I’ve always been interested in writing. I think that language is a beautiful, complex, and fascinating phenomenon with incredible power. While language can be used for a variety of purposes; to persuade, scold, explain, soliloquize, enrage, the list goes on, my favorite function is telling stories.
From a young age I wanted to be a novelist, to write the next Harry Potter or Artemis Fowl (my constant companions during ages 8-13). The wonder I felt alongside those characters exploring new worlds, battling to save their own, and discovering themselves was, and in some ways remains, unparalleled in my mind. While childhood wonder accounts for some of that in a way, the evocative power of the word remained in my mind. I can’t say I’ve always worked towards my goal, but recently I’ve started back towards it.
I experienced a re-ignition of that feeling of wonder reading the Hyperion trilogy by Dan Simmons. Heady, complex books blending science fiction, religious musings, and heroic acts of love and sacrifice made me remember what writing was for me. A means to think new thoughts and go on fantastic journeys, gaining and losing friends along the way.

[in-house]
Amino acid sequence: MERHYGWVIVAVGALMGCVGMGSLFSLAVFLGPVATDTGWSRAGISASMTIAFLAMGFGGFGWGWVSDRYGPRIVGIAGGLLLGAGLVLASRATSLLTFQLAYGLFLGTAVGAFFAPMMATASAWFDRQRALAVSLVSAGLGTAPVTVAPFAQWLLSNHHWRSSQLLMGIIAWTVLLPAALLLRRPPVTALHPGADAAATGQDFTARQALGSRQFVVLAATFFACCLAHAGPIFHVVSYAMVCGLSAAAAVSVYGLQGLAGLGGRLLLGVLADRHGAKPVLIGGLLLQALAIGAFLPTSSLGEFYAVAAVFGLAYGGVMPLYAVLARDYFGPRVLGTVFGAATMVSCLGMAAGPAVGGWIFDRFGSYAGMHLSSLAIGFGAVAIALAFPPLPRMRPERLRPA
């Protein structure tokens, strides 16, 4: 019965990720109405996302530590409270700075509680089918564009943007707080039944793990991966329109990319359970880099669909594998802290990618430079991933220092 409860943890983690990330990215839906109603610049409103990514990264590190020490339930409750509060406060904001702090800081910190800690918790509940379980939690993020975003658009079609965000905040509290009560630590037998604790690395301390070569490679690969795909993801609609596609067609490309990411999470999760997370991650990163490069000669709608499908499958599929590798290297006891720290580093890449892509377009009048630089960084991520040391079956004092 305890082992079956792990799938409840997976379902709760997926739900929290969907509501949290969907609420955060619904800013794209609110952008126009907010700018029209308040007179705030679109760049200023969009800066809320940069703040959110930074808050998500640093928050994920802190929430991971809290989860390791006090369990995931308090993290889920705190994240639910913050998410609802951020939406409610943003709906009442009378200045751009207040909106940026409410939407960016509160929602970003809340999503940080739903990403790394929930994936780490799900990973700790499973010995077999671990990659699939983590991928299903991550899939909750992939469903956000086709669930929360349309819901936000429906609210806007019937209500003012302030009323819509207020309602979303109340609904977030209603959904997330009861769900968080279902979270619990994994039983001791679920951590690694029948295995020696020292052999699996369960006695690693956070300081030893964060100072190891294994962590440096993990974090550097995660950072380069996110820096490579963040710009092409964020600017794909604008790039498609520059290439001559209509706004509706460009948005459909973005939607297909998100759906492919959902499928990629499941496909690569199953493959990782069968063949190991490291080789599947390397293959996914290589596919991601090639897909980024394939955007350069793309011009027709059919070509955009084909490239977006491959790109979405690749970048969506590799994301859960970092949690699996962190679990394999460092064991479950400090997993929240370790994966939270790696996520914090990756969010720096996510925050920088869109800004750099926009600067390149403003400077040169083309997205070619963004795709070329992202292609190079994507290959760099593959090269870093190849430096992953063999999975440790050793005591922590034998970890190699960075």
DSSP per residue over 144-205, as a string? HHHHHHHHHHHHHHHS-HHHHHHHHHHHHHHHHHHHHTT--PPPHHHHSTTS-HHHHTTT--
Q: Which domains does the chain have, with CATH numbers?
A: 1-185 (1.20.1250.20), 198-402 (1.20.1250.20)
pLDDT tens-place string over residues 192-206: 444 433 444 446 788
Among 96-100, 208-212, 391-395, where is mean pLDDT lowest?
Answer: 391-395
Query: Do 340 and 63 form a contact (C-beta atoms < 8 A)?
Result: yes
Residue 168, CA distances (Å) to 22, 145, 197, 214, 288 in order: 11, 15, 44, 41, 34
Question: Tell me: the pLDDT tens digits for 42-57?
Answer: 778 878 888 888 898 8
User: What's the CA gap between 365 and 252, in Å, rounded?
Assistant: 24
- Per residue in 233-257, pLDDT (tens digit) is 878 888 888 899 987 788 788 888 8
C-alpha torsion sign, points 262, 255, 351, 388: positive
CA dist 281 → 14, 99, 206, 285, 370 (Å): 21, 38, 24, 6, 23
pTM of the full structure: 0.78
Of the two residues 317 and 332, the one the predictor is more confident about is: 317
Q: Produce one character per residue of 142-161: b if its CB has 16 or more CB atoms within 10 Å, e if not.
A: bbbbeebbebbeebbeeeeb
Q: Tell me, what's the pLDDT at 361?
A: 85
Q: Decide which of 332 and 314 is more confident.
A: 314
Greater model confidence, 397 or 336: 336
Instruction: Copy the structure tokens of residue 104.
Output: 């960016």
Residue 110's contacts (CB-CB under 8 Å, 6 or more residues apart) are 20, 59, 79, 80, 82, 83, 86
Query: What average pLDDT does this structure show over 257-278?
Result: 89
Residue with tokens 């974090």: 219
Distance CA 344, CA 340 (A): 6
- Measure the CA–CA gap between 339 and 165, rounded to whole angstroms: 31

This renewed appreciation for long-form fiction combined with my studies in the DTC program lead me to examine the concept of “the book”, Amaranth Borsuk would be proud. What I had come to realize is that the print codex as the standard of written narrative fiction is limited in a way. I look to the example of Worm by John C. McRae. Worm was published as an enormous web serial from 2011 to 2013. It contains over a million words making it one of the largest pieces of fiction ever published.
And it was published on a website. McRae published lengthy section two times a week, creating a steady stream of what I think of now as content. This was a novel (pun intended) approach to publishing that has since seen Worm turn into several published novels.
It was this approach combined with a renewed appreciation for the power of the written word that lead me to consider digital publishing as an interest. I very much believe that you only need a small, dedicated audience to find a measure of success online. If I can combine my love of the word with not having to sell my labor to a company that doesn’t care about me, sign me up.